So this is the story I have to write.

This tragic float

On Valentine's Day, Feb. 14, 2009, my dear friend Ethan Runnels fell into the White River and was swept away to his death. He was 25 years old.

At around 6:15 that evening, my wife Patricia and I began to hear sirens in our Rocky Ripple neighborhood. Over the next 15 minutes, about 20 rescue vehicles arrived - fire trucks, ambulances, police.

We were outside by then, and one neighbor passed by in a hurry and told us a canoe had gone over, one person was OK but Ethan was missing.

Ethan had recently returned from a multimonth class in wilderness survival. Surely, we thought, if anyone could survive a spill in the river it would be him. Still, we were concerned, and grabbed some blankets and towels and went into the woods behind Butler University. We encountered others searching for Ethan: Jeff, Nate, Edward, James, Robert and Adam. We traipsed through the tangled bank of the east side of the White River, while rescue teams rode the river in a boat with flashlights. Our theory was that Ethan had made his way out of the water and -- nearly hypothermic -- crawled into the woods and covered himself with leaves, something he learned in wilderness survival class.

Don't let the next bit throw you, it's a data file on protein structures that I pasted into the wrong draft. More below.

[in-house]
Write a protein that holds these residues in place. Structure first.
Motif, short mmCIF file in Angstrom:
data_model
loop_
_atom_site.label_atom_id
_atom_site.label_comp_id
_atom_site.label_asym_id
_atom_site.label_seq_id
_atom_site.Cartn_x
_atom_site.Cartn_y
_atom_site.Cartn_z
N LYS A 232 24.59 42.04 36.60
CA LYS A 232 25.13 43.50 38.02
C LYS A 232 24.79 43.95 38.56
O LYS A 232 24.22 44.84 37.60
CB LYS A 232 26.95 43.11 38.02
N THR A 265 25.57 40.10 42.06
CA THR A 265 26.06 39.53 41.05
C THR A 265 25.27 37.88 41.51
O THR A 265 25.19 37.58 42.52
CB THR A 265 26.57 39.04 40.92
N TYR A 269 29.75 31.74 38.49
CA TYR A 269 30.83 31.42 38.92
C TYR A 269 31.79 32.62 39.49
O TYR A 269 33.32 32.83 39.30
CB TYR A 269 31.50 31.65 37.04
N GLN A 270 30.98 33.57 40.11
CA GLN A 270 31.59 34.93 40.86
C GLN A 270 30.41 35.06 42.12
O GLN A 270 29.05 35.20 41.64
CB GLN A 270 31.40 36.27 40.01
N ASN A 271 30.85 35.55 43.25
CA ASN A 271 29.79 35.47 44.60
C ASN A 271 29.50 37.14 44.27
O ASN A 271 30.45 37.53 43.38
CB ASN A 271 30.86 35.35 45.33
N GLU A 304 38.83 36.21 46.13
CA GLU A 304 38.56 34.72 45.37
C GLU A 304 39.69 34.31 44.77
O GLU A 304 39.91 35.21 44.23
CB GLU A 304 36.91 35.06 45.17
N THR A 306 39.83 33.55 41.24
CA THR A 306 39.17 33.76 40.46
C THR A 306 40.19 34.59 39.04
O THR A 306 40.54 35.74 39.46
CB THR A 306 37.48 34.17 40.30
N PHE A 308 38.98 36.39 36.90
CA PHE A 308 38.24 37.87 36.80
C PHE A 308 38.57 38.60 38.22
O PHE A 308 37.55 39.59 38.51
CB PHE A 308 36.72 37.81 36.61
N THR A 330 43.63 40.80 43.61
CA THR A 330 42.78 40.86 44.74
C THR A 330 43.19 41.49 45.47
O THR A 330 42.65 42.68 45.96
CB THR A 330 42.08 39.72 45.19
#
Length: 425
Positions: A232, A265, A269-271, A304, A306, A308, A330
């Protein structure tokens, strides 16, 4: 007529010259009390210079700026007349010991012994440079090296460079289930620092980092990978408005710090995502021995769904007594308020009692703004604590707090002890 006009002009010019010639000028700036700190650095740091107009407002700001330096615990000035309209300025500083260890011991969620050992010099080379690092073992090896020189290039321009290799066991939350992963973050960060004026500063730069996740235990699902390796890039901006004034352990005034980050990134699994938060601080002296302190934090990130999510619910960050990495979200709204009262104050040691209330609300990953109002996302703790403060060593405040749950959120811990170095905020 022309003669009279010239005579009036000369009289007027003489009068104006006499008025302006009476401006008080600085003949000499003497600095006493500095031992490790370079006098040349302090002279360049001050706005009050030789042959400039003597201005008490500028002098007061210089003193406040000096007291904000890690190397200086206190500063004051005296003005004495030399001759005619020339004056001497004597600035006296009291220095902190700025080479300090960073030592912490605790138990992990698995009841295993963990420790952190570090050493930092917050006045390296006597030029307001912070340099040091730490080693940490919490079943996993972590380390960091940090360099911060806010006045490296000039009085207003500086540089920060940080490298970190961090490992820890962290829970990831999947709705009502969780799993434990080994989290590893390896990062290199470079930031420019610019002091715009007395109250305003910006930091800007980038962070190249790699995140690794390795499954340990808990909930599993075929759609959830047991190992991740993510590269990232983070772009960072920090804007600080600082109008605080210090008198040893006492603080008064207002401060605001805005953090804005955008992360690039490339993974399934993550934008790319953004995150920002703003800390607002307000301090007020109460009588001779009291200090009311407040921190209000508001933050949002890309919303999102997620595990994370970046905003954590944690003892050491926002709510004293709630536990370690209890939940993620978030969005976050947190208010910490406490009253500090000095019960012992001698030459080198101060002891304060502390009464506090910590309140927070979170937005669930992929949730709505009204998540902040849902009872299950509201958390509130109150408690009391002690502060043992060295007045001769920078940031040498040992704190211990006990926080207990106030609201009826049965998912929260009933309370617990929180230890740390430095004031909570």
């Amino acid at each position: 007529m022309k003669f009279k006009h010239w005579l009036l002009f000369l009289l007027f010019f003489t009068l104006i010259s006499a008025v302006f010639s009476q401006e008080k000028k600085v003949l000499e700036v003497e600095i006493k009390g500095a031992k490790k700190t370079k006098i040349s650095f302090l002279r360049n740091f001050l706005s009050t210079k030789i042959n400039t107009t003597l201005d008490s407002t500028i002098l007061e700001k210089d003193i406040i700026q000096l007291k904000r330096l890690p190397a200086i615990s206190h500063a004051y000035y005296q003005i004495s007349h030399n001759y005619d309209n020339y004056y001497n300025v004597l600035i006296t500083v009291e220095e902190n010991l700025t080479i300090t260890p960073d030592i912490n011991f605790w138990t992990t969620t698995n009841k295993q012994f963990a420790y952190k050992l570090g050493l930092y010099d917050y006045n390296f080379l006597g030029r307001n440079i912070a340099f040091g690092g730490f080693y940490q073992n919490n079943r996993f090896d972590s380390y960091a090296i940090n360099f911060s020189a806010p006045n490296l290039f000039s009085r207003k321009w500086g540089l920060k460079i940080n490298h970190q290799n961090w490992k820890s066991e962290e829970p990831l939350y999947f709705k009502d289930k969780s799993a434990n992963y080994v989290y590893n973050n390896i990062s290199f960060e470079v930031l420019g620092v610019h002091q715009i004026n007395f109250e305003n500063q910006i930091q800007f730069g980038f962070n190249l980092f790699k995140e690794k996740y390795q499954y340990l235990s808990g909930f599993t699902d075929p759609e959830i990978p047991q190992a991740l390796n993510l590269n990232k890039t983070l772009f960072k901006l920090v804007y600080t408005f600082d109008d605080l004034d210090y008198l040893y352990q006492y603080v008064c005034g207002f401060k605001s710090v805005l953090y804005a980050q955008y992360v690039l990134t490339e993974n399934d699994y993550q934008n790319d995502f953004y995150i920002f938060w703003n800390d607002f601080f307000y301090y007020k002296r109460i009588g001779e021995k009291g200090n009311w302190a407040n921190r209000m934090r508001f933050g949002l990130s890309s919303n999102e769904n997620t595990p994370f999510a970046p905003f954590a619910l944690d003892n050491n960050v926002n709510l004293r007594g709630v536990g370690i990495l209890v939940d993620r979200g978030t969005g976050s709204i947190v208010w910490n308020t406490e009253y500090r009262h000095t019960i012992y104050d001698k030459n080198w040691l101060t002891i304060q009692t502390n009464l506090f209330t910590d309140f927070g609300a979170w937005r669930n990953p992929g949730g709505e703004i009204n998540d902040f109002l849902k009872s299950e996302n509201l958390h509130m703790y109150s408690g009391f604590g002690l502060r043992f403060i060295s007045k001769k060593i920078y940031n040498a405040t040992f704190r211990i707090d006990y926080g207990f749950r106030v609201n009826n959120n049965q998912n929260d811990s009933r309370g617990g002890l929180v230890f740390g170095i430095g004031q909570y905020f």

Overhead, a helicopter searched with lights and an infrared, heat-sensing gun.

For the next handful of hours, this impromptu rescue crew -- soon joined by Joshua and Matt -- searched both sides of the river from about 50th Street southwest to Michigan Road and beyond. It was a long and terrifying night -- and the farther down river we searched, the more futile it became. The river widens around Michigan Road, and the current was steady and powerful. A person could be swept away and never be found. When we finally gave up our search before midnight, the clouds broke and the constellation Orion appeared. An owl called overhead.